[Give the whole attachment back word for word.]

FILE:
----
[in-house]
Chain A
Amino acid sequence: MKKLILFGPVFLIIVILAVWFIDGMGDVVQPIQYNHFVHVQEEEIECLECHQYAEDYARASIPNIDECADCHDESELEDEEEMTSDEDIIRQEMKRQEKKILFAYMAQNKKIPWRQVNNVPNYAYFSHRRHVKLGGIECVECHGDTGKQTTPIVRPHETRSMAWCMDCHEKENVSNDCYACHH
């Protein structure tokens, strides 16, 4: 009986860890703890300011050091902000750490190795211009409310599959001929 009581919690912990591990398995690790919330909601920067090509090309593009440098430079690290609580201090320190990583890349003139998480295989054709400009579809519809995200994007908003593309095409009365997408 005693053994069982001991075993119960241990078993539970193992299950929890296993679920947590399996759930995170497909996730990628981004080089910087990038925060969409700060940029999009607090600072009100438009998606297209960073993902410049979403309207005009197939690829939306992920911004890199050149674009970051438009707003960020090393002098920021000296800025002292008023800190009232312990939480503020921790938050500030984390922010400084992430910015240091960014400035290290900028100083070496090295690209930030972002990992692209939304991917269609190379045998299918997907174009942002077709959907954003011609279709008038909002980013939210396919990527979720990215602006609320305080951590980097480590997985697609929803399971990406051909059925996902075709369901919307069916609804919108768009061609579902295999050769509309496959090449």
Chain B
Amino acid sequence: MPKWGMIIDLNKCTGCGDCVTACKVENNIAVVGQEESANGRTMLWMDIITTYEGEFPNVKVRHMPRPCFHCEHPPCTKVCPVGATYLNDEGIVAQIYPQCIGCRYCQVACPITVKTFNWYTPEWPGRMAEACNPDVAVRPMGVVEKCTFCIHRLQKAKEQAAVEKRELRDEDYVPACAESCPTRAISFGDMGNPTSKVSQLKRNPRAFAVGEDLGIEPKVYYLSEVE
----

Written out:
[in-house]
Chain A
Amino acid sequence: MKKLILFGPVFLIIVILAVWFIDGMGDVVQPIQYNHFVHVQEEEIECLECHQYAEDYARASIPNIDECADCHDESELEDEEEMTSDEDIIRQEMKRQEKKILFAYMAQNKKIPWRQVNNVPNYAYFSHRRHVKLGGIECVECHGDTGKQTTPIVRPHETRSMAWCMDCHEKENVSNDCYACHH
């Protein structure tokens, strides 16, 4: 009986860890703890300011050091902000750490190795211009409310599959001929 009581919690912990591990398995690790919330909601920067090509090309593009440098430079690290609580201090320190990583890349003139998480295989054709400009579809519809995200994007908003593309095409009365997408 005693053994069982001991075993119960241990078993539970193992299950929890296993679920947590399996759930995170497909996730990628981004080089910087990038925060969409700060940029999009607090600072009100438009998606297209960073993902410049979403309207005009197939690829939306992920911004890199050149674009970051438009707003960020090393002098920021000296800025002292008023800190009232312990939480503020921790938050500030984390922010400084992430910015240091960014400035290290900028100083070496090295690209930030972002990992692209939304991917269609190379045998299918997907174009942002077709959907954003011609279709008038909002980013939210396919990527979720990215602006609320305080951590980097480590997985697609929803399971990406051909059925996902075709369901919307069916609804919108768009061609579902295999050769509309496959090449």
Chain B
Amino acid sequence: MPKWGMIIDLNKCTGCGDCVTACKVENNIAVVGQEESANGRTMLWMDIITTYEGEFPNVKVRHMPRPCFHCEHPPCTKVCPVGATYLNDEGIVAQIYPQCIGCRYCQVACPITVKTFNWYTPEWPGRMAEACNPDVAVRPMGVVEKCTFCIHRLQKAKEQAAVEKRELRDEDYVPACAESCPTRAISFGDMGNPTSKVSQLKRNPRAFAVGEDLGIEPKVYYLSEVE